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NOAA Predicts Mild Michigan Winter Ahead

October 18, 2018 - 5:20 pm

DETROIT (WWJ) - Unless frigid temps and feet of snow are your thing, there's some good news in the extended forecast.

The National Oceanic and Atmospheric Administration, releasing its Winter Outlook on Thursday, predicts that Michigan will see a warmer and drier than normal 2018/19 winter season. 

Mike Halpert, Deputy Director of NOAA’s Climate Prediction Center, says their forecast calls for above average temperatures and below average precipitation for both the Lower and Upper Peninsula.

In fact, Halper said, nowhere in the U.S. is expected to be colder than normal; continuing a national trend over the past several years.

"The last four winters had all been very warm actually; almost coast-to-coast," Halper told WWJ's Michael Cohen. "The last cold winter that the country saw was back in 2013-14, and I'd expect Michigan to probably follow that pattern."

Along with Michigan, Halper said northern Illinois, Indiana, Ohio and Wisconsin are expected to be drier than normal, along with parts of Idaho, Hawaii and Montana, too.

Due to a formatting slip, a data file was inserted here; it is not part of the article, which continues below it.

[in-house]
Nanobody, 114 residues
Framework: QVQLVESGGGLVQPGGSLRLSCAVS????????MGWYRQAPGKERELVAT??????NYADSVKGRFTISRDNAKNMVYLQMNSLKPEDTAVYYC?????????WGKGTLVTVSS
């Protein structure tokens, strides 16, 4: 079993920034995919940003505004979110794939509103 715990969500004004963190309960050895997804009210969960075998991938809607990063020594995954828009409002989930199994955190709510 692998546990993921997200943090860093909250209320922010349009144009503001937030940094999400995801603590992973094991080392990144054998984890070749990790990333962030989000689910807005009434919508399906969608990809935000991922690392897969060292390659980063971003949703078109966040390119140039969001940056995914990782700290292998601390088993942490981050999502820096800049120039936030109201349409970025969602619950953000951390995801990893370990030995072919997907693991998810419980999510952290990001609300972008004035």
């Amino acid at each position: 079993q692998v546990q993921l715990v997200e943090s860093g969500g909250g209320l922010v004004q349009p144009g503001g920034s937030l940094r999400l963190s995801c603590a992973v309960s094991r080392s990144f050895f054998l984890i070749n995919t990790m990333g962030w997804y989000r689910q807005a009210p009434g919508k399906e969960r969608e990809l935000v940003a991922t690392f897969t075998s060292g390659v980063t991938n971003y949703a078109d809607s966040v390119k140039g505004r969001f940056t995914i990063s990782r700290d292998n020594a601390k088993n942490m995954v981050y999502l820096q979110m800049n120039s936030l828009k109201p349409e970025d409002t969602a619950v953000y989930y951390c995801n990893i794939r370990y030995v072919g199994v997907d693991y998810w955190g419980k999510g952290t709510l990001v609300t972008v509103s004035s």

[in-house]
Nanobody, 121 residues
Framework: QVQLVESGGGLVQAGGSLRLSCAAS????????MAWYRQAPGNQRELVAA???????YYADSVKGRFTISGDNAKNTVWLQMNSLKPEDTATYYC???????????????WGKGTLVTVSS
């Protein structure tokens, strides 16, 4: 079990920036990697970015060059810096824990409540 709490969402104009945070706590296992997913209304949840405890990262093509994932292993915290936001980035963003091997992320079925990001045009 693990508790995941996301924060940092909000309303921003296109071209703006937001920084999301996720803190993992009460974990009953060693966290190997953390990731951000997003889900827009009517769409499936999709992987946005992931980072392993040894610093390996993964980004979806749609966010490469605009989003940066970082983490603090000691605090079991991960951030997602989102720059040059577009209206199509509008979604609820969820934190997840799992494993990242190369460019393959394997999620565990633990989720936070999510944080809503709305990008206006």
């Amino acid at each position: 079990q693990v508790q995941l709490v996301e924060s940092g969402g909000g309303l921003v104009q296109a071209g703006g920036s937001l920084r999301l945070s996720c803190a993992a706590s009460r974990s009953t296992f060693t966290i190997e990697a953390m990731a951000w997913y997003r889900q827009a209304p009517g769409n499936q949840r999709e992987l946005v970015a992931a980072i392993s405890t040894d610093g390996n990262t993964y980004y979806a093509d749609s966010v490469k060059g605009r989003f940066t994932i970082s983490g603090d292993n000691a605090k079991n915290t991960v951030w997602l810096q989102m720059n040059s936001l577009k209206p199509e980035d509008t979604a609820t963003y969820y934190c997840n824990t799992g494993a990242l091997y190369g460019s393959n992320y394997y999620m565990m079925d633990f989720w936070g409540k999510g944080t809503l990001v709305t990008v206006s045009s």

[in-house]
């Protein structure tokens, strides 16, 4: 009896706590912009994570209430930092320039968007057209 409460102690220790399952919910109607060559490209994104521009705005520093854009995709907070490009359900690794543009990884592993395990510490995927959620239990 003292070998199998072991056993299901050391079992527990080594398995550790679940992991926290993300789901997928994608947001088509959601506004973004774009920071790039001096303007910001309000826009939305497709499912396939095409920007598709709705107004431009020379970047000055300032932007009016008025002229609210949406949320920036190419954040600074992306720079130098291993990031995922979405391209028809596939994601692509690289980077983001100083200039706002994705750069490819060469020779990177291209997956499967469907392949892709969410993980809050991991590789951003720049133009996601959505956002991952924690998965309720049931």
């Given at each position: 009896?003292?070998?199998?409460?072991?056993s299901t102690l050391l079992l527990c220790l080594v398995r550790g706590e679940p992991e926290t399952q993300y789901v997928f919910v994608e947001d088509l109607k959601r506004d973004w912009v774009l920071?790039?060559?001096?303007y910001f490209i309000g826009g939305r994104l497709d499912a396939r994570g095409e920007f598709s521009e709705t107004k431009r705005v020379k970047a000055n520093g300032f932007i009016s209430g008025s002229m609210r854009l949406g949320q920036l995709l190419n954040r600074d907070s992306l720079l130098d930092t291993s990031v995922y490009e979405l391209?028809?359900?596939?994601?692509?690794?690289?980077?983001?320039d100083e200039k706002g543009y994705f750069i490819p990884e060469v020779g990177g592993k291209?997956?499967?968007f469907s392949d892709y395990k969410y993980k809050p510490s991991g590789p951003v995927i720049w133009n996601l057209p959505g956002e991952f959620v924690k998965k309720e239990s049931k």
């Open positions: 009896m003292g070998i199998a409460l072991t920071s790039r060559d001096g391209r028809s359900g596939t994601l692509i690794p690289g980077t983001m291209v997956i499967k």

Meanwhile, the southern-third of the U.S. and much of the East Coast could be hunkering down for a wetter than normal December through January. 

When it comes to the heat, the biggest factors leading to this year's prediction is the 70 to 75 percent chance of an El Nino developing over the Pacific ocean, blowing warm winds from the west. However, Halper said, it's not expected to be quite as strong as the El Nino that helped lead to the record warm 2015-2016 winter season. 

Another factor in the forecast, Halper said, is long-term warming from human-caused climate change. 

"All things being equal, the slight kick we get out of the climate signal does tilt things toward the warm side," Halpert said; cautioning, however, that that's not enough to outweigh other factors if they push toward cold.

"Even on a warming planet," he said, "it doesn't mean winter goes away and it's never cold again."

The Associated Press contributed to this report.